Euro area systemic stress has remained low over the past six months, according to the latest Financial Stability Review of the European Central Bank (ECB), which was released recently. This also reflects ECB action that calmed fears of a too prolonged period of low inflation threatening to harm both price and financial stability.
Despite a generally positive financial market sentiment, there have been repeated moments of tension in global financial markets. Large banks have become less confident about their ability to make markets during periods of stress. Set against increasing financial risk-taking, economic risk-taking in the euro area is still lagging – something that is particularly visible in the contrast between appreciating financial asset prices and a low level of real investment. While the economic recovery in the euro area has been gaining momentum, it remains weak by international standards. At the same time, credit to the real economy is recovering, benefitting from ECB monetary policy action. Despite these signs of improving economic conditions, the risk of continuing low nominal growth remains a challenge to financial stability in the euro area. Should country, sector and institution-specific challenges arise, this would call for macroprudential policy measures, as monetary policy remains focused on price stability.
Financial system vulnerabilities continue to stem not only from the financial markets, but also from financial institutions, ranging from banks to insurers and – increasingly – the shadow banking sector. Bank profitability remains weak and the return on equity remains below the cost of capital for many banks. Despite the solid profitability reported so far, euro area insurers are facing growing challenges as the low-yield environment is testing their traditional reliance on fixed income assets as a means of generating portfolio returns. The shadow banking sector continues to grow robustly, increasing the potential for systemic risks. Finally, highly indebted sovereigns remain vulnerable to both economic and financial shocks.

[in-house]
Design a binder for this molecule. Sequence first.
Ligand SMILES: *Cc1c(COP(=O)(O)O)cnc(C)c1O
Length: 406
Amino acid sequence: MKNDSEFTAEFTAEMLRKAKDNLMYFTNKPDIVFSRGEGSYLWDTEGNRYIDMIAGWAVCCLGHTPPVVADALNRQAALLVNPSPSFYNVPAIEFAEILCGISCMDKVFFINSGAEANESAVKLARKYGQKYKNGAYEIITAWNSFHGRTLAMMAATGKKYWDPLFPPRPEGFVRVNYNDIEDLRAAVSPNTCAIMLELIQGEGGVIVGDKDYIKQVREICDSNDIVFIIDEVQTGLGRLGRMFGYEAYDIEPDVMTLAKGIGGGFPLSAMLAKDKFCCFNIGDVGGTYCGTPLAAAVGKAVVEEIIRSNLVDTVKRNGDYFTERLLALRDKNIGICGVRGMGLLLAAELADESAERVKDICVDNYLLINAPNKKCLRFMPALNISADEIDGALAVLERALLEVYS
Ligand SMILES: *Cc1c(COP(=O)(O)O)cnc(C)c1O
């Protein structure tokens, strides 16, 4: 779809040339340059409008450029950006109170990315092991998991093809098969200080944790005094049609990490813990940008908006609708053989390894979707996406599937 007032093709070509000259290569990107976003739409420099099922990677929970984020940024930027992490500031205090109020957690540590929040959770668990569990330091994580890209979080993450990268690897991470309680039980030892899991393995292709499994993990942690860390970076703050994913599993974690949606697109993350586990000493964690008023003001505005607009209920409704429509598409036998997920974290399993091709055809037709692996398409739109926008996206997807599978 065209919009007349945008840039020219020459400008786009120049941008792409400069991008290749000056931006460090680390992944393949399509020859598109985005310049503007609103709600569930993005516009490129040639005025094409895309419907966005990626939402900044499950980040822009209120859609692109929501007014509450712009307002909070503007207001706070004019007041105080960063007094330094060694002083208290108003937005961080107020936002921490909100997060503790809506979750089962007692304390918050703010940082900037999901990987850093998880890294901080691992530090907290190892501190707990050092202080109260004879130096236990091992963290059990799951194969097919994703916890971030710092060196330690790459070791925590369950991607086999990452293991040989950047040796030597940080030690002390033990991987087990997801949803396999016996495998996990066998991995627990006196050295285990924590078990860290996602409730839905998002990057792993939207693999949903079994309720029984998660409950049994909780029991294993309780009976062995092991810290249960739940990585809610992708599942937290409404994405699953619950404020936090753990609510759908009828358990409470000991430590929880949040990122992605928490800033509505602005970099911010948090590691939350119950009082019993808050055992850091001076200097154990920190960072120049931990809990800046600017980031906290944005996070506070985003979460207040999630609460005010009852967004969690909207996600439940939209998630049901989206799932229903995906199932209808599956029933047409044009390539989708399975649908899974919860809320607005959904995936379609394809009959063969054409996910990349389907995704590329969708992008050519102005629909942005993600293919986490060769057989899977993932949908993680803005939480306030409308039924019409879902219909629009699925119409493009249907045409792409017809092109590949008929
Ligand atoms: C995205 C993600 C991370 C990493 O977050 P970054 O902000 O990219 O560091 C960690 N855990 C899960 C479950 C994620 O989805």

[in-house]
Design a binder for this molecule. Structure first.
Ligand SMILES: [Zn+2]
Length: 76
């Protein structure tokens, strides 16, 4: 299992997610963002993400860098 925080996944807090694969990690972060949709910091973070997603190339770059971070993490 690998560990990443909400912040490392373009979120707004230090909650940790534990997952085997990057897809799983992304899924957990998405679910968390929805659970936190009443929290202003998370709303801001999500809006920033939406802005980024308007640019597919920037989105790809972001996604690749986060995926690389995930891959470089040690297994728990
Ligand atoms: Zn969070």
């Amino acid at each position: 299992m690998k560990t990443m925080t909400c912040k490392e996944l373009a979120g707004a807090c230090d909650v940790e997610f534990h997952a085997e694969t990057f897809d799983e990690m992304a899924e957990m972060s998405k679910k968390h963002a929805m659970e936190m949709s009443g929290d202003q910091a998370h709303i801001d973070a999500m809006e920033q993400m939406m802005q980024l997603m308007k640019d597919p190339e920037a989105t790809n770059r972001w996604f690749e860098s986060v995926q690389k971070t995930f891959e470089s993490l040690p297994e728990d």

The ECB has singled out four risks to financial stability over the next year and a half.
• Abrupt reversal of compressed global risk premia amplified by low secondary market liquidity
• Weak profitability prospects for banks and insurers in a low nominal growth environment, amid slow progress in resolving problem assets
• Rise of debt sustainability concerns in the sovereign and corporate sectors amid low nominal growth
• Prospective stress and contagion effects in a rapidly growing shadow banking sector